Rhodes v. Judiscak, 676 F.3d 931 (10th Cir. 2012) [2012 BL 18134]
David Thomas Rhodes, Petitioner-Appellant, Hobbs, NM, Pro Se.
Andrea W. Hattan, Assistant U.S. Attorney (Kenneth J. Gonzales, U.S. Attorney with her on the briefs), Las Cruces, NM, for Respondent-Appellee.
Before LUCERO, EBEL, and GORSUCH, Circuit Judges.
This matter is before the court on appellant's petition for rehearing en banc. The original panel members have determined that sua sponte amendment of our original opinion is in order. Therefore, an amended decision is attached. The Clerk is directed to reissue the decision as amended nunc pro tunc to July 27, 2011.
The request for en banc consideration was circulated to all the judges of the court who are in regular active service. No judge called for a poll. Accordingly, appellant's request for en banc review is denied.
LUCERO, Circuit Judge.
David Thomas Rhodes appeals the district court's order dismissing his 28 U.S.C. § 2241 petition as moot. Rhodes' petition challenges only the length of his prison sentence. But he concedes he is no longer in prison. Although he remains subject to a long term of Supervised release, this court cannot issue a judgment on his § 2241 petition that will shorten his supervised release term. Exercising jurisdiction under 28 U.S.C. § 1291, and reviewing de novo, see Faustin v. City & County of Denver, 268 F.3d 942, 947 (10th Cir. 2001), we affirm.
Rhodes was convicted on drug-related charges in 1993, and sentenced to twenty years' imprisonment and ten years' supervised release. He filed this § 2241 petition [*933] in 2010, challenging the Federal Bureau of Prisons' calculation of his sentence. After discovering that Rhodes was no longer in prison, the district court ordered him to show cause why his § 2241 petition should not be dismissed as moot. Rhodes conceded that he was no longer incarcerated, but claimed he could still challenge his sentence. He argued that, had his sentence been shorter, he would have started his term of supervised release earlier, and was consequently "suffering from collateral consequences from conviction adequate to meet Article Ill's injury in fact requirement." The district court dismissed the petition as moot, concluding that even if Rhodes' argument were correct, the court had no authority to shorten the length of his supervised release.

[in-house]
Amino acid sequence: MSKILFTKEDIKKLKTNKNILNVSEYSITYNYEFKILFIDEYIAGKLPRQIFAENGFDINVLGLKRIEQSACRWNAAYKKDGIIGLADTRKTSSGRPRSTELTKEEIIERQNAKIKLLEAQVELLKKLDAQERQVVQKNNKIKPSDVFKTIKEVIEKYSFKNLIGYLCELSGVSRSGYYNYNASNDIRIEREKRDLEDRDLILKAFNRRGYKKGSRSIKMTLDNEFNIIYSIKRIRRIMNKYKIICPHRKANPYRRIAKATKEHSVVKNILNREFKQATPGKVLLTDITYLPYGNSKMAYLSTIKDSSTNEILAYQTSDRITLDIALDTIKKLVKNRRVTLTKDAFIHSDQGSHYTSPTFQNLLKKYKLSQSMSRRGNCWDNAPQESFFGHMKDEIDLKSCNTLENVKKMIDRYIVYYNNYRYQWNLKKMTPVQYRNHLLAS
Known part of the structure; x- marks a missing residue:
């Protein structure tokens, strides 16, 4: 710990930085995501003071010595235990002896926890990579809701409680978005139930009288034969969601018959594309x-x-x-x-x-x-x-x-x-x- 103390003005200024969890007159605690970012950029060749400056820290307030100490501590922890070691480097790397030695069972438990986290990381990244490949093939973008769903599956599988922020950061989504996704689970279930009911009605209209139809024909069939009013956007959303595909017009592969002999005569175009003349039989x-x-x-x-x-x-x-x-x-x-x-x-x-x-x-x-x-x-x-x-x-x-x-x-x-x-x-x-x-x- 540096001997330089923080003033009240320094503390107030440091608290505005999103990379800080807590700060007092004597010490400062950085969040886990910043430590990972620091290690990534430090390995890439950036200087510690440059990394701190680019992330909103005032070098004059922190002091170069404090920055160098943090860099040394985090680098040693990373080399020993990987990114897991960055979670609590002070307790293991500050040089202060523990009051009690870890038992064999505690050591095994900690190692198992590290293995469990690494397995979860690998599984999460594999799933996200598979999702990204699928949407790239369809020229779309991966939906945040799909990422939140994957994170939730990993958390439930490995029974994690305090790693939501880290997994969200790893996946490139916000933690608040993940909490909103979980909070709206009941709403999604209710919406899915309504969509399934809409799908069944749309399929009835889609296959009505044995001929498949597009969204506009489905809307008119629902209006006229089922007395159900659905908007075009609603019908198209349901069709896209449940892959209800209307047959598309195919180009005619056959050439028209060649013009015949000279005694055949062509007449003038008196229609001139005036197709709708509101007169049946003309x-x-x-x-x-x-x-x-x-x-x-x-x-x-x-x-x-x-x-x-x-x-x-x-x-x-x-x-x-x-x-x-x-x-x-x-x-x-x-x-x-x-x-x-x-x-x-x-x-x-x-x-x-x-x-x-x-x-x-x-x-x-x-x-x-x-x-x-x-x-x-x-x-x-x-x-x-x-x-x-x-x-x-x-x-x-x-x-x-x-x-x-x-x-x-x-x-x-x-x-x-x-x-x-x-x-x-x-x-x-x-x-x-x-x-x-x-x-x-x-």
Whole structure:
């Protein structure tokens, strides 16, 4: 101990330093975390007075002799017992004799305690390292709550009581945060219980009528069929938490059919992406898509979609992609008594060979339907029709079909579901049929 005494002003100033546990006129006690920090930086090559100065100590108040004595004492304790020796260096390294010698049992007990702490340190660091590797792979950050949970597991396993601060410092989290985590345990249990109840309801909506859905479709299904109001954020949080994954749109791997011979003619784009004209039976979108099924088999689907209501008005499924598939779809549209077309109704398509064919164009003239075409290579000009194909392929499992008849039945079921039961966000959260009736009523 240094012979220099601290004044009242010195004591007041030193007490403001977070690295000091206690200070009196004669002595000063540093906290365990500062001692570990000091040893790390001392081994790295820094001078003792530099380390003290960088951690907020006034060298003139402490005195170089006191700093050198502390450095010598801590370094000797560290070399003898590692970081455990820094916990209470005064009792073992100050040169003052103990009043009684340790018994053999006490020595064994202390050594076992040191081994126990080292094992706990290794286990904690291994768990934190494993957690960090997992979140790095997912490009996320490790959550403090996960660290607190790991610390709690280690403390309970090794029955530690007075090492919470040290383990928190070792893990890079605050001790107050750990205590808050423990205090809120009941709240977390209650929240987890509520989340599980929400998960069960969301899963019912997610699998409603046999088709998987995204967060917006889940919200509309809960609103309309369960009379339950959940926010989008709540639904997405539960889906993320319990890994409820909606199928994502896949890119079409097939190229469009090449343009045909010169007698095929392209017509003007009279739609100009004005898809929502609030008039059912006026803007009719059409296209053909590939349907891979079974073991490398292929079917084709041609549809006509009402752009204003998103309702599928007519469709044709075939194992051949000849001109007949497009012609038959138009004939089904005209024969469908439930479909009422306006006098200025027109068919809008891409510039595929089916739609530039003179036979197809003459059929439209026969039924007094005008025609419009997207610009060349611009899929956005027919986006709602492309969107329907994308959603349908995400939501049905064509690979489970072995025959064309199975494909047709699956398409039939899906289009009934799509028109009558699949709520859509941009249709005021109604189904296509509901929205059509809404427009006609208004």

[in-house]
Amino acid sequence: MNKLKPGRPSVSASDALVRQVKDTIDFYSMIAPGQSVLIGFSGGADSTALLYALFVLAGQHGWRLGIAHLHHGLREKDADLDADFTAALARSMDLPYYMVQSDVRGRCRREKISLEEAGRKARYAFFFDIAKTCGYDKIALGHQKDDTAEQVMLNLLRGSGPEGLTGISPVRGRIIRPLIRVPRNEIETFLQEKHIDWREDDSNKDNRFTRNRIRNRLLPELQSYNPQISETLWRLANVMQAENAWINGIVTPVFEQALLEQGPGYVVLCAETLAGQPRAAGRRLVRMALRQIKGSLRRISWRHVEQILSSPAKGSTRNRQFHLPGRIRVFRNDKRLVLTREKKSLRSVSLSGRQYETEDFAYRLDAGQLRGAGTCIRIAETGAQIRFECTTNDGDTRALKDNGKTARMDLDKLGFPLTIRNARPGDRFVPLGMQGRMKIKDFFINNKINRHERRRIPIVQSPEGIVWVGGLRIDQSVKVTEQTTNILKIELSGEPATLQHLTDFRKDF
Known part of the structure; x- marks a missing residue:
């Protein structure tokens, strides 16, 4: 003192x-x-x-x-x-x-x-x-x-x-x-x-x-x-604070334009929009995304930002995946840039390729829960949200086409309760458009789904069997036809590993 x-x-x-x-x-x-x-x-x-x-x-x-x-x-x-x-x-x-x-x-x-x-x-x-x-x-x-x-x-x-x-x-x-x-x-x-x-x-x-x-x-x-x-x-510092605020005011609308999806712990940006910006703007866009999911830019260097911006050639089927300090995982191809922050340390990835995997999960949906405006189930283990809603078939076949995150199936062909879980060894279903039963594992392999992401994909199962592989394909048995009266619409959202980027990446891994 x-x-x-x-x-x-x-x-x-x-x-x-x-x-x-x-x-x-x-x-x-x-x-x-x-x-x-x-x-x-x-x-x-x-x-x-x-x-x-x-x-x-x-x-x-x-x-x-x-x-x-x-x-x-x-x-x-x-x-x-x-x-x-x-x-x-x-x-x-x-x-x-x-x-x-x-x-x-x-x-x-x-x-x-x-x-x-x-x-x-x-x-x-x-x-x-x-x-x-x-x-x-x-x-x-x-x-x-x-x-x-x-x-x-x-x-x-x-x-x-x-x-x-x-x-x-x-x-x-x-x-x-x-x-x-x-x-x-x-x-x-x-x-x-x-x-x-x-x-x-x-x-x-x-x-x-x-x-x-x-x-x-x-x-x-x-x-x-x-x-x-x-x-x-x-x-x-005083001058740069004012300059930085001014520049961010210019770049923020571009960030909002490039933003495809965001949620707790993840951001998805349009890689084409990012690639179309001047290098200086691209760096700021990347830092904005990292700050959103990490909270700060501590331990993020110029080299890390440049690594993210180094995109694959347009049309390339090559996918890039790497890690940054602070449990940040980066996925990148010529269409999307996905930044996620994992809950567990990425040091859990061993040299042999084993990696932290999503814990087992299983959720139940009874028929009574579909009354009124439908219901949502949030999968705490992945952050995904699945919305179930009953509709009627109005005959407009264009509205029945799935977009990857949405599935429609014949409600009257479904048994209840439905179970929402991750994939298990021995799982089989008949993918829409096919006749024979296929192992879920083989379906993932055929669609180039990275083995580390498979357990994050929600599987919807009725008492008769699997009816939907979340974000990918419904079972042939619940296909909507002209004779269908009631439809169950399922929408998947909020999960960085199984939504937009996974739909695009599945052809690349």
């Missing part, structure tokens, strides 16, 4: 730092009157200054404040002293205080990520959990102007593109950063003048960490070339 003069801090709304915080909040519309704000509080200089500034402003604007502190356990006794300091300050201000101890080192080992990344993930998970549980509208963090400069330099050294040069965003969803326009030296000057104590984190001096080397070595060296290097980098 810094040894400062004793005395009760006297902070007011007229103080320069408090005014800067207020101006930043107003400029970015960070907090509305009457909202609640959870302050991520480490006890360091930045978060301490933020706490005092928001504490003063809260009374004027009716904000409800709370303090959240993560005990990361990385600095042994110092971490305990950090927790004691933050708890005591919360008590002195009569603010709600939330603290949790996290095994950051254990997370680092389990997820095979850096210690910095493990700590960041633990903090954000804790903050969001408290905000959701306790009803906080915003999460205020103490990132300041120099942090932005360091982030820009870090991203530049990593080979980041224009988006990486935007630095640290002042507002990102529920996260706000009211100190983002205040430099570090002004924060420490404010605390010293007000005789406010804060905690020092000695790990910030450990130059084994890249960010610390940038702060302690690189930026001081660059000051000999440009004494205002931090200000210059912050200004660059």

Federal judicial power is limited by the Constitution to "Cases" and "Controversies," U.S. Const. art. Ill, § 2, and the case-or-controversy limitation underpins both standing and mootness jurisprudence. Friends of the Earth v. Laidlaw Envtl. Servs., 528 U.S. 167, 180, 120 S.Ct. 693, 145 L.Ed.2d 610 (2000). A case becomes moot when a plaintiff no longer suffers "actual injury that can be redressed by a favorable judicial decision." Iron Arrow Honor Soc'y v. Heckler, 464 U.S. 67, 70, 104 S.Ct. 373, 78 L.Ed.2d 58 (1983).
Rhodes has completed his prison sentence. To the extent that he seeks a shorter term of imprisonment, it is obviously no longer possible to provide such relief. But release from prison does not necessarily moot a habeas petition. See, e.g., Carafas v. LaVallee, 391 U.S. 234, 237-38, 88 S.Ct. 1556, 20 L.Ed.2d 554 (1968). Insofar as an ex-prisoner continues to suffer "collateral consequences" from a conviction, the habeas petitioner retains "a substantial stake in the judgment of conviction which [**2] survives the satisfaction of the sentence imposed on him." Id. at 237, 88 S.Ct. 1556 (quotation omitted). Being on supervised release can amount to a collateral consequence "because the defendant's liberty is affected by ongoing obligations to comply with supervised release conditions and restrictions." United States v. Vera-Flores, 496 F.3d 1177, 1180 (10th Cir. 2007). Thus, "a defendant who has served his term of imprisonment but is still serving a term of supervised release may challenge his sentence if his unexpired term of supervised release could be reduced or eliminated by a favorable appellate ruling." Id.